The US successfully tested a laser weapon that can destroy aircraft mid-flight

The amphibious transport dock ship USS Portland conducts a high-energy laser weapon test in the Pacifc Ocean on May 16, 2020.

A US Navy warship has successfully tested a new high-energy laser weapon that can destroy aircraft mid-flight, the Navy's Pacific Fleet said in a statement Friday.

Images and videos provided by the Navy show the amphibious transport dock ship USS Portland executing "the first system-level implementation of a high-energy class solid-state laser" to disable an aerial drone aircraft, the statement said.

The images show the laser emanating from the deck of the warship. Short video clips show what appears to be the drone burning.

The Navy did not give a specific location of the laser weapons system demonstrator (LWSD) test, saying only that it occurred in the Pacific on May 16.

The power of the weapon was not disclosed, but a 2018 report from the International Institute for Strategic Studies said it was expected to be a 150-kilowatt laser.

"By conducting advanced at sea tests against UAVs and small crafts, we will gain valuable information on the capabilities of the Solid State Laser Weapons System Demonstrator against potential threats," Capt. Karrey Sanders, commanding officer of Portland, said in the statement.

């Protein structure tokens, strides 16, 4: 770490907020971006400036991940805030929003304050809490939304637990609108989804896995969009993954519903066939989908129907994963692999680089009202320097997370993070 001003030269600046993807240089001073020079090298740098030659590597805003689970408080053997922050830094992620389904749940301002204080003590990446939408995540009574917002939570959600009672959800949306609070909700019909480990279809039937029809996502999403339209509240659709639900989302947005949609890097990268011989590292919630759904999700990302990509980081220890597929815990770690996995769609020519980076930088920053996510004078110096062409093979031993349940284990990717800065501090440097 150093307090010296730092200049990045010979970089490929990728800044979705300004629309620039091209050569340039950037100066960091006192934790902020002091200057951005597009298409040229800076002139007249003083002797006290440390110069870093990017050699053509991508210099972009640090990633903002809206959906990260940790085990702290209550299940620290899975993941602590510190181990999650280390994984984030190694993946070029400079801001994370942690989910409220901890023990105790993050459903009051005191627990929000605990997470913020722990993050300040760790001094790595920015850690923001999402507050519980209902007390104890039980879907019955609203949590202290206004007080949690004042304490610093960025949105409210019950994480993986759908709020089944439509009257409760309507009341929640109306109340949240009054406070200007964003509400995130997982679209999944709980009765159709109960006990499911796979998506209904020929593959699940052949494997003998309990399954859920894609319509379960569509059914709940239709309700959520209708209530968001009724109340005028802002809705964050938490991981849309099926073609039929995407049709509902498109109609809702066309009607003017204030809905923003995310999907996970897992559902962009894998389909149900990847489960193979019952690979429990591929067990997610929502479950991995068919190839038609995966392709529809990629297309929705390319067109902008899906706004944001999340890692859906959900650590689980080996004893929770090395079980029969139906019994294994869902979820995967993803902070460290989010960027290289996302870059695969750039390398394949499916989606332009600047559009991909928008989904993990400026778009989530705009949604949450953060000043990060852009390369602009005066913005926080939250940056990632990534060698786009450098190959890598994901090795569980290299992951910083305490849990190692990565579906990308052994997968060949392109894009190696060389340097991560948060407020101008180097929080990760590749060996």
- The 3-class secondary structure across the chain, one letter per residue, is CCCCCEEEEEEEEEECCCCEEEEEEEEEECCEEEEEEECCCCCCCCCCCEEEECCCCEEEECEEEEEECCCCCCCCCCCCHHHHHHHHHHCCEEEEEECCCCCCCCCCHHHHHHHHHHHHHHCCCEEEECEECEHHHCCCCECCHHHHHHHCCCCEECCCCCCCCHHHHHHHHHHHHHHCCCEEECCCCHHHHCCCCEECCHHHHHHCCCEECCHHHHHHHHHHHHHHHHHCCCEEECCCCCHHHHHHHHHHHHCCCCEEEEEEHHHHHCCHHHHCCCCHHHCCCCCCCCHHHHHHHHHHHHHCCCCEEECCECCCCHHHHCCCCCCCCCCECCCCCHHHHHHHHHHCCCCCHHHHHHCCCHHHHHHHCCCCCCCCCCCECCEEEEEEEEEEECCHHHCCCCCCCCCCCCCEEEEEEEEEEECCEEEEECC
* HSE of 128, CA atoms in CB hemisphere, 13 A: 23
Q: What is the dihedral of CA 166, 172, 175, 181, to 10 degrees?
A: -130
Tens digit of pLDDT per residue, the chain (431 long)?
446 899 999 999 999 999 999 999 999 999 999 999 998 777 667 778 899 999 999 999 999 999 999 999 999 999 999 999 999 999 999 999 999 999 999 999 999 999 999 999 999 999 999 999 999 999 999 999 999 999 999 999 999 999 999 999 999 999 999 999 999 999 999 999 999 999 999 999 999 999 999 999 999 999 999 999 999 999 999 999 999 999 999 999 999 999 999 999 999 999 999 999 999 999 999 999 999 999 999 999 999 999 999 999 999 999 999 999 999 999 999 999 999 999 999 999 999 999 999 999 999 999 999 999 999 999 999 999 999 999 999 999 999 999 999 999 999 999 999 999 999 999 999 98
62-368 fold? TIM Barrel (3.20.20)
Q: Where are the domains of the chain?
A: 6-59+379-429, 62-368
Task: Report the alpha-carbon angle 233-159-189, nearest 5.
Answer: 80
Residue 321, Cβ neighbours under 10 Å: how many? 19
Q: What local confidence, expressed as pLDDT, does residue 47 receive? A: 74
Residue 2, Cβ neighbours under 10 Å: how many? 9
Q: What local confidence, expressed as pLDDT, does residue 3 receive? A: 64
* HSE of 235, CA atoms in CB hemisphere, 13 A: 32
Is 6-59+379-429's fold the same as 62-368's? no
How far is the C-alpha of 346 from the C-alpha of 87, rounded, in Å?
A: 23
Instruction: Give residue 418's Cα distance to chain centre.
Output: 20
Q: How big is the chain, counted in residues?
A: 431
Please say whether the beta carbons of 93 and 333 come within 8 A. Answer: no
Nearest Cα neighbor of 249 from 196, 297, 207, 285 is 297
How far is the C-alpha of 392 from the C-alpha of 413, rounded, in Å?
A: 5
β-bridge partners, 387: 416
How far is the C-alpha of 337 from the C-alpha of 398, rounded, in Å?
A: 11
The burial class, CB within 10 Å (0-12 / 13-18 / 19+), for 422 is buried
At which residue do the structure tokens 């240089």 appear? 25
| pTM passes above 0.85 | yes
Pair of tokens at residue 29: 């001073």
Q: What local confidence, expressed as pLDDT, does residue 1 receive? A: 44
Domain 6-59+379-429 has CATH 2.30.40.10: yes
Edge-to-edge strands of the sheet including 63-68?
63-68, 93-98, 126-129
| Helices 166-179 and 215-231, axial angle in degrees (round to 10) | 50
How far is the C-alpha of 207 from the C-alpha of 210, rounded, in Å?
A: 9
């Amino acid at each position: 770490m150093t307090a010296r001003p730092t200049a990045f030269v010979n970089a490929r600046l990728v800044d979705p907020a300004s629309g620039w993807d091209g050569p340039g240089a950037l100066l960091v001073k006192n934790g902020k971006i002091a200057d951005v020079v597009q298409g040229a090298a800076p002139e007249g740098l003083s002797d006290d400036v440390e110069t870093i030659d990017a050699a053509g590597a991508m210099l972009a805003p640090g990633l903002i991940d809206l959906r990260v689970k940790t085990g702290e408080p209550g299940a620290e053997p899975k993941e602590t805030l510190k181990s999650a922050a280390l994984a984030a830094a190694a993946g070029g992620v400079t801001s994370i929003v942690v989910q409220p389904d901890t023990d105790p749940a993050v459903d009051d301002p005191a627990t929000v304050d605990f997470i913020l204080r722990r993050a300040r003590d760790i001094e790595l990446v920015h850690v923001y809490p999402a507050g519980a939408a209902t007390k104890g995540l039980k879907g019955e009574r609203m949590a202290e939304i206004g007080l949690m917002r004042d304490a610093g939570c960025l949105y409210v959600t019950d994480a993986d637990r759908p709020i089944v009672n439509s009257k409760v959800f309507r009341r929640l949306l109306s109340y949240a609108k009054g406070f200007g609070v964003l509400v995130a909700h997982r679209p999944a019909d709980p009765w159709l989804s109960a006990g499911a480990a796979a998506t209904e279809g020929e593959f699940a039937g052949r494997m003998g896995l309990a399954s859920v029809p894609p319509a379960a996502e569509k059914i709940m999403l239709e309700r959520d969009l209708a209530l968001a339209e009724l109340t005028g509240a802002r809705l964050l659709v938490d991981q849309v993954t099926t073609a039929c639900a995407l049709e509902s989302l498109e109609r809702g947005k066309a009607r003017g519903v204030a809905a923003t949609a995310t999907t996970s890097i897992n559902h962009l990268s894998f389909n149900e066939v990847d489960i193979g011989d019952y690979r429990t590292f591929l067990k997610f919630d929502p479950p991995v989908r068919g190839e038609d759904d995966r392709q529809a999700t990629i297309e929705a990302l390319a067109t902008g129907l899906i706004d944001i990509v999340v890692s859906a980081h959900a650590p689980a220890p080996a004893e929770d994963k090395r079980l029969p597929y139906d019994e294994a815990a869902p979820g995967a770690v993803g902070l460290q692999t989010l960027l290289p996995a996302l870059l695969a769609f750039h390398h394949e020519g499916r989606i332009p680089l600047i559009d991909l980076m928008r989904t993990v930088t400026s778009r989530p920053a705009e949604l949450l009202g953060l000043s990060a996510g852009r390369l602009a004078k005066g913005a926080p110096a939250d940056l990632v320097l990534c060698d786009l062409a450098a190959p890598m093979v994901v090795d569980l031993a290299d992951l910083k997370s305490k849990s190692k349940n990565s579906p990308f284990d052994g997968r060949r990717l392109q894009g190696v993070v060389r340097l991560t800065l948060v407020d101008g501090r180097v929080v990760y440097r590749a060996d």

"With this new advanced capability, we are redefining war at sea for the Navy."

The Navy says lasers, which it calls directed energy weapons (DEW), can be effective defenses against drones or armed small boats.

"The Navy's development of DEWs like the LWSD provide immediate warfighter benefits and provide the commander increased decision space and response options," the statement said.

In 2017, CNN witnessed a live-fire exercise of a 30-kilowatt laser weapon aboard the amphibious transport ship USS Ponce in the Persian Gulf.

At the time, Lt. Cale Hughes, a laser weapons system officer, described how they work.

"It is throwing massive amounts of photons at an incoming object," Hughes said. "We don't worry about wind, we don't worry about range, we don't worry about anything else. We're able to engage the targets at the speed of light."

The Ponce was retired from service later that year.

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